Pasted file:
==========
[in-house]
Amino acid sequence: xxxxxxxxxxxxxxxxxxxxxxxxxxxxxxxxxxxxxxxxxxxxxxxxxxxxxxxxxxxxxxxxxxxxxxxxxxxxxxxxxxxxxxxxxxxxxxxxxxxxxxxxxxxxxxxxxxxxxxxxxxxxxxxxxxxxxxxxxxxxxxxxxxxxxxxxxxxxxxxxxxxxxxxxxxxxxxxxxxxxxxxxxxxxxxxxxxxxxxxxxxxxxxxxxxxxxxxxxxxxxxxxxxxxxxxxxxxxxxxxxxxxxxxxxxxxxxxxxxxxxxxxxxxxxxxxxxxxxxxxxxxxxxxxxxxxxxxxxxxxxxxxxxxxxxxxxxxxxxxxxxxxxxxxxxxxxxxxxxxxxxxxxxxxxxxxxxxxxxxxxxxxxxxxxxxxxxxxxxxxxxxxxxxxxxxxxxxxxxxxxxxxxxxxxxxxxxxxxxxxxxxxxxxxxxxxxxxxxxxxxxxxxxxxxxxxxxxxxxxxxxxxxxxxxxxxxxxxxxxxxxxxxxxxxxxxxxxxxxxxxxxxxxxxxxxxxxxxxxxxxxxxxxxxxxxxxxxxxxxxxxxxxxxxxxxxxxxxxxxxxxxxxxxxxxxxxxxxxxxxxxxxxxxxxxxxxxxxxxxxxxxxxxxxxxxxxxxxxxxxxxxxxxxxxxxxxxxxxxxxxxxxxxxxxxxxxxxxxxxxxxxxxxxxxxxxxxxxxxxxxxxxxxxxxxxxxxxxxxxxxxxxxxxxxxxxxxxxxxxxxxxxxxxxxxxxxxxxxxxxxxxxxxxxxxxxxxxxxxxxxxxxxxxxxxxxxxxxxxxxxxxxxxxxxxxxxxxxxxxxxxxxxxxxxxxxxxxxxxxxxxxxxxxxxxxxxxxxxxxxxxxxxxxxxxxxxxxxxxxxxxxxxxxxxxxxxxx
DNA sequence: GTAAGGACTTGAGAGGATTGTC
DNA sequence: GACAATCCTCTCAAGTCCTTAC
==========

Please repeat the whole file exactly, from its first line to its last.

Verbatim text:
[in-house]
Amino acid sequence: xxxxxxxxxxxxxxxxxxxxxxxxxxxxxxxxxxxxxxxxxxxxxxxxxxxxxxxxxxxxxxxxxxxxxxxxxxxxxxxxxxxxxxxxxxxxxxxxxxxxxxxxxxxxxxxxxxxxxxxxxxxxxxxxxxxxxxxxxxxxxxxxxxxxxxxxxxxxxxxxxxxxxxxxxxxxxxxxxxxxxxxxxxxxxxxxxxxxxxxxxxxxxxxxxxxxxxxxxxxxxxxxxxxxxxxxxxxxxxxxxxxxxxxxxxxxxxxxxxxxxxxxxxxxxxxxxxxxxxxxxxxxxxxxxxxxxxxxxxxxxxxxxxxxxxxxxxxxxxxxxxxxxxxxxxxxxxxxxxxxxxxxxxxxxxxxxxxxxxxxxxxxxxxxxxxxxxxxxxxxxxxxxxxxxxxxxxxxxxxxxxxxxxxxxxxxxxxxxxxxxxxxxxxxxxxxxxxxxxxxxxxxxxxxxxxxxxxxxxxxxxxxxxxxxxxxxxxxxxxxxxxxxxxxxxxxxxxxxxxxxxxxxxxxxxxxxxxxxxxxxxxxxxxxxxxxxxxxxxxxxxxxxxxxxxxxxxxxxxxxxxxxxxxxxxxxxxxxxxxxxxxxxxxxxxxxxxxxxxxxxxxxxxxxxxxxxxxxxxxxxxxxxxxxxxxxxxxxxxxxxxxxxxxxxxxxxxxxxxxxxxxxxxxxxxxxxxxxxxxxxxxxxxxxxxxxxxxxxxxxxxxxxxxxxxxxxxxxxxxxxxxxxxxxxxxxxxxxxxxxxxxxxxxxxxxxxxxxxxxxxxxxxxxxxxxxxxxxxxxxxxxxxxxxxxxxxxxxxxxxxxxxxxxxxxxxxxxxxxxxxxxxxxxxxxxxxxxxxxxxxxxxxxxxxxxxxxxxxxxxxxxxxxxxxxxxxxx
DNA sequence: GTAAGGACTTGAGAGGATTGTC
DNA sequence: GACAATCCTCTCAAGTCCTTAC